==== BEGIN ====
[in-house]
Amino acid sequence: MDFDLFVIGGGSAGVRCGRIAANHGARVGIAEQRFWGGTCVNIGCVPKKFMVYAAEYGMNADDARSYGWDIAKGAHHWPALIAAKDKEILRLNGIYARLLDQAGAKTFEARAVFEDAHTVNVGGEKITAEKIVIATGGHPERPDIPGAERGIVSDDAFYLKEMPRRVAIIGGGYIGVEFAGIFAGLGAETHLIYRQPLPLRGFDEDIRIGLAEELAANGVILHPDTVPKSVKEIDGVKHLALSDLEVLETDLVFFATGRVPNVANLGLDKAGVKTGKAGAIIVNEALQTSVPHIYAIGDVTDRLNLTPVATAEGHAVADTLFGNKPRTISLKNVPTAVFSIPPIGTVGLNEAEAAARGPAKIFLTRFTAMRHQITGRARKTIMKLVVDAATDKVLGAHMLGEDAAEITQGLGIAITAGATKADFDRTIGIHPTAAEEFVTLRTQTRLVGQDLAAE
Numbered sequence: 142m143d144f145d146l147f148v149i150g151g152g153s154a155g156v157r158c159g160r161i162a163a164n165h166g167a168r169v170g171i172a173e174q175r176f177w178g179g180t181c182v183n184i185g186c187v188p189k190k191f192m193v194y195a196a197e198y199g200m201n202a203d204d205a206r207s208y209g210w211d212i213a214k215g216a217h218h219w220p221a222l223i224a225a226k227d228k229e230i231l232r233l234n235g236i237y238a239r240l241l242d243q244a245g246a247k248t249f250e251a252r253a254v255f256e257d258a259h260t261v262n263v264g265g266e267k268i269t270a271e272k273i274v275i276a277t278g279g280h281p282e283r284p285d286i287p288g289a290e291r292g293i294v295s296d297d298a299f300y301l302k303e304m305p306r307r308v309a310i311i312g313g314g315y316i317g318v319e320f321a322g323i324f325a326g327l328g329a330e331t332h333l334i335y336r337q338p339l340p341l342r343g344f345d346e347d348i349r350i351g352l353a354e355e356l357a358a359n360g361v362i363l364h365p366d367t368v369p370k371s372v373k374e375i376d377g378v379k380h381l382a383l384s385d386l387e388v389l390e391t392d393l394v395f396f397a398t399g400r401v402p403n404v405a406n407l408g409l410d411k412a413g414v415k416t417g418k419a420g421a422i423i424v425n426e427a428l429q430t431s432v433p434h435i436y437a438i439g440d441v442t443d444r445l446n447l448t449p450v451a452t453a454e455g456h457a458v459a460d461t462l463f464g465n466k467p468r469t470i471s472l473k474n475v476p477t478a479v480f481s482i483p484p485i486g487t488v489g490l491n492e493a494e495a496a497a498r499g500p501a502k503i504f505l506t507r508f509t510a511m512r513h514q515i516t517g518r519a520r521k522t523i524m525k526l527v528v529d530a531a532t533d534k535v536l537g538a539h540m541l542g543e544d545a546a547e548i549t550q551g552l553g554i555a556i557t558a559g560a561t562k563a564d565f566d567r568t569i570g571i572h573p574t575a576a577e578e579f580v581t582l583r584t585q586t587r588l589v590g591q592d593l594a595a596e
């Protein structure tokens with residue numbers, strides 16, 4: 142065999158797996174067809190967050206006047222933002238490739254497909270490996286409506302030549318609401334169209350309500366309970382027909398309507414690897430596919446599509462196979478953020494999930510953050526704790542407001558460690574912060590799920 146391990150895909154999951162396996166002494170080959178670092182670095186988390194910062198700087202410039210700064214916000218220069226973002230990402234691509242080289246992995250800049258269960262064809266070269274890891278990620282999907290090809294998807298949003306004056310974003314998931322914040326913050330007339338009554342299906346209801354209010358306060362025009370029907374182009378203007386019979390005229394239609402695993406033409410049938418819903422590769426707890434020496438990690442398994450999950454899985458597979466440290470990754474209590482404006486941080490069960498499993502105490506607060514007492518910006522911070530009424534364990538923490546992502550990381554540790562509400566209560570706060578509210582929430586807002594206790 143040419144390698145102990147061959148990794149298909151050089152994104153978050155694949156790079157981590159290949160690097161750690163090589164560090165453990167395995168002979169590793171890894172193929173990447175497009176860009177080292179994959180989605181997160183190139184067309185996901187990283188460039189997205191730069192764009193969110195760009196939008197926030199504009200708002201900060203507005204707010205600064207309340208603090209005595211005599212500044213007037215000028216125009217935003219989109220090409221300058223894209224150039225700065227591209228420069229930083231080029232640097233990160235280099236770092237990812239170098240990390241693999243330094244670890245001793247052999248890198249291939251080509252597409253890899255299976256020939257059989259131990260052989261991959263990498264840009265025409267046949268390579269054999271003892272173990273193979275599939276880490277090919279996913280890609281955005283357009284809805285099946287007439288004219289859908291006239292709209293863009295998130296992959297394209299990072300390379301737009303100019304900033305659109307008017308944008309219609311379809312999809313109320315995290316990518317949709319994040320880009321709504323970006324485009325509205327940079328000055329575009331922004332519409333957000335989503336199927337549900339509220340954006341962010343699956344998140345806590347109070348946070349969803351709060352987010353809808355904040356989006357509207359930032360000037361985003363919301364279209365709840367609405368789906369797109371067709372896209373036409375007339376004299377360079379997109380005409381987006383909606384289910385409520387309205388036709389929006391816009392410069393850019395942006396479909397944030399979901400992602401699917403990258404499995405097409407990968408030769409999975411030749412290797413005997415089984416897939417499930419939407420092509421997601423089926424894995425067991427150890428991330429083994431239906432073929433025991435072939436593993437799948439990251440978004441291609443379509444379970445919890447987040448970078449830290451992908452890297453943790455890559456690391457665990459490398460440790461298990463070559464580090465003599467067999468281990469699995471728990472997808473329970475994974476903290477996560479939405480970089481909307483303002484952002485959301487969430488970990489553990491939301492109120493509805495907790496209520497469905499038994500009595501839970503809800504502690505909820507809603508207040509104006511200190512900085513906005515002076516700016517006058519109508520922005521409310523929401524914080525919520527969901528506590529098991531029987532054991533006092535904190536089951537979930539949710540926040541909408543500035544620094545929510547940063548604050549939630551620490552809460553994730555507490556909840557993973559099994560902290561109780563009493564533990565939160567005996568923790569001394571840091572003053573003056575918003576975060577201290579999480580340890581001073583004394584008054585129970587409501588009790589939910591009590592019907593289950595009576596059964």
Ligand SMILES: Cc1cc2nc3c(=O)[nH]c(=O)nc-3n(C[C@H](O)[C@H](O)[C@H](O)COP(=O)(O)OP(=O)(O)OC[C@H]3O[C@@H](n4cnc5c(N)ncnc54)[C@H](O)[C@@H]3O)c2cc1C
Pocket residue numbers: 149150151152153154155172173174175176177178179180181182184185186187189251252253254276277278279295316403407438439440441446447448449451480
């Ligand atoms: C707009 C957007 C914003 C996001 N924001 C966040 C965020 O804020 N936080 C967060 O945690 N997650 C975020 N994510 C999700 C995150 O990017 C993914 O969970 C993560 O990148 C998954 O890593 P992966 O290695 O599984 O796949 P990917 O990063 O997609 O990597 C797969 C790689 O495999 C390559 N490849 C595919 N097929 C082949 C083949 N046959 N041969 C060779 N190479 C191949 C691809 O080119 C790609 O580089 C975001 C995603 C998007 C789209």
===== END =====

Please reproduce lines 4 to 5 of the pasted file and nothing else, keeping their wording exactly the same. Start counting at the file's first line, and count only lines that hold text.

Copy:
């Protein structure tokens with residue numbers, strides 16, 4: 142065999158797996174067809190967050206006047222933002238490739254497909270490996286409506302030549318609401334169209350309500366309970382027909398309507414690897430596919446599509462196979478953020494999930510953050526704790542407001558460690574912060590799920 146391990150895909154999951162396996166002494170080959178670092182670095186988390194910062198700087202410039210700064214916000218220069226973002230990402234691509242080289246992995250800049258269960262064809266070269274890891278990620282999907290090809294998807298949003306004056310974003314998931322914040326913050330007339338009554342299906346209801354209010358306060362025009370029907374182009378203007386019979390005229394239609402695993406033409410049938418819903422590769426707890434020496438990690442398994450999950454899985458597979466440290470990754474209590482404006486941080490069960498499993502105490506607060514007492518910006522911070530009424534364990538923490546992502550990381554540790562509400566209560570706060578509210582929430586807002594206790 143040419144390698145102990147061959148990794149298909151050089152994104153978050155694949156790079157981590159290949160690097161750690163090589164560090165453990167395995168002979169590793171890894172193929173990447175497009176860009177080292179994959180989605181997160183190139184067309185996901187990283188460039189997205191730069192764009193969110195760009196939008197926030199504009200708002201900060203507005204707010205600064207309340208603090209005595211005599212500044213007037215000028216125009217935003219989109220090409221300058223894209224150039225700065227591209228420069229930083231080029232640097233990160235280099236770092237990812239170098240990390241693999243330094244670890245001793247052999248890198249291939251080509252597409253890899255299976256020939257059989259131990260052989261991959263990498264840009265025409267046949268390579269054999271003892272173990273193979275599939276880490277090919279996913280890609281955005283357009284809805285099946287007439288004219289859908291006239292709209293863009295998130296992959297394209299990072300390379301737009303100019304900033305659109307008017308944008309219609311379809312999809313109320315995290316990518317949709319994040320880009321709504323970006324485009325509205327940079328000055329575009331922004332519409333957000335989503336199927337549900339509220340954006341962010343699956344998140345806590347109070348946070349969803351709060352987010353809808355904040356989006357509207359930032360000037361985003363919301364279209365709840367609405368789906369797109371067709372896209373036409375007339376004299377360079379997109380005409381987006383909606384289910385409520387309205388036709389929006391816009392410069393850019395942006396479909397944030399979901400992602401699917403990258404499995405097409407990968408030769409999975411030749412290797413005997415089984416897939417499930419939407420092509421997601423089926424894995425067991427150890428991330429083994431239906432073929433025991435072939436593993437799948439990251440978004441291609443379509444379970445919890447987040448970078449830290451992908452890297453943790455890559456690391457665990459490398460440790461298990463070559464580090465003599467067999468281990469699995471728990472997808473329970475994974476903290477996560479939405480970089481909307483303002484952002485959301487969430488970990489553990491939301492109120493509805495907790496209520497469905499038994500009595501839970503809800504502690505909820507809603508207040509104006511200190512900085513906005515002076516700016517006058519109508520922005521409310523929401524914080525919520527969901528506590529098991531029987532054991533006092535904190536089951537979930539949710540926040541909408543500035544620094545929510547940063548604050549939630551620490552809460553994730555507490556909840557993973559099994560902290561109780563009493564533990565939160567005996568923790569001394571840091572003053573003056575918003576975060577201290579999480580340890581001073583004394584008054585129970587409501588009790589939910591009590592019907593289950595009576596059964």
Ligand SMILES: Cc1cc2nc3c(=O)[nH]c(=O)nc-3n(C[C@H](O)[C@H](O)[C@H](O)COP(=O)(O)OP(=O)(O)OC[C@H]3O[C@@H](n4cnc5c(N)ncnc54)[C@H](O)[C@@H]3O)c2cc1C